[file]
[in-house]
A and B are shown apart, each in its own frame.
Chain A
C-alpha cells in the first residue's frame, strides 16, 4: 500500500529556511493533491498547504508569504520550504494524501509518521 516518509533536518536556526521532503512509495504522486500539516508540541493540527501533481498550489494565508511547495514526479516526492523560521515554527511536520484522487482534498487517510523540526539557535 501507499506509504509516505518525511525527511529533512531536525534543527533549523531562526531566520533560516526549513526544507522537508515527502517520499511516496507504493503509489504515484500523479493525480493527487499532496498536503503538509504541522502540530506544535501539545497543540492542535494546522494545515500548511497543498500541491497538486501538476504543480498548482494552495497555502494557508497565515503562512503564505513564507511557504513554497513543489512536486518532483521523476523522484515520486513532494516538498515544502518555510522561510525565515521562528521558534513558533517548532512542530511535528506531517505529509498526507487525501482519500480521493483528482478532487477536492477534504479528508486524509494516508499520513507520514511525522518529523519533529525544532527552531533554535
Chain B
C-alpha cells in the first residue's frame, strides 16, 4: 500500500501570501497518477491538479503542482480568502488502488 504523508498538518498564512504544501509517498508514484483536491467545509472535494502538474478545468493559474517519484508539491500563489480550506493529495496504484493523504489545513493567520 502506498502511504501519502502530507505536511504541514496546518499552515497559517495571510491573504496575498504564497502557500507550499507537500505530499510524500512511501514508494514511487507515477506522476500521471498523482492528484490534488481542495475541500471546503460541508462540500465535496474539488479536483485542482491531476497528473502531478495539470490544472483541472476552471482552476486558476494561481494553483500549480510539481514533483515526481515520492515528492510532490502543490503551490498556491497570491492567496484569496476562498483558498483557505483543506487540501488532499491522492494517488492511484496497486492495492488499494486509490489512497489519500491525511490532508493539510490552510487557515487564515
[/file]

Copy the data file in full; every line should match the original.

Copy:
[in-house]
A and B are shown apart, each in its own frame.
Chain A
C-alpha cells in the first residue's frame, strides 16, 4: 500500500529556511493533491498547504508569504520550504494524501509518521 516518509533536518536556526521532503512509495504522486500539516508540541493540527501533481498550489494565508511547495514526479516526492523560521515554527511536520484522487482534498487517510523540526539557535 501507499506509504509516505518525511525527511529533512531536525534543527533549523531562526531566520533560516526549513526544507522537508515527502517520499511516496507504493503509489504515484500523479493525480493527487499532496498536503503538509504541522502540530506544535501539545497543540492542535494546522494545515500548511497543498500541491497538486501538476504543480498548482494552495497555502494557508497565515503562512503564505513564507511557504513554497513543489512536486518532483521523476523522484515520486513532494516538498515544502518555510522561510525565515521562528521558534513558533517548532512542530511535528506531517505529509498526507487525501482519500480521493483528482478532487477536492477534504479528508486524509494516508499520513507520514511525522518529523519533529525544532527552531533554535
Chain B
C-alpha cells in the first residue's frame, strides 16, 4: 500500500501570501497518477491538479503542482480568502488502488 504523508498538518498564512504544501509517498508514484483536491467545509472535494502538474478545468493559474517519484508539491500563489480550506493529495496504484493523504489545513493567520 502506498502511504501519502502530507505536511504541514496546518499552515497559517495571510491573504496575498504564497502557500507550499507537500505530499510524500512511501514508494514511487507515477506522476500521471498523482492528484490534488481542495475541500471546503460541508462540500465535496474539488479536483485542482491531476497528473502531478495539470490544472483541472476552471482552476486558476494561481494553483500549480510539481514533483515526481515520492515528492510532490502543490503551490498556491497570491492567496484569496476562498483558498483557505483543506487540501488532499491522492494517488492511484496497486492495492488499494486509490489512497489519500491525511490532508493539510490552510487557515487564515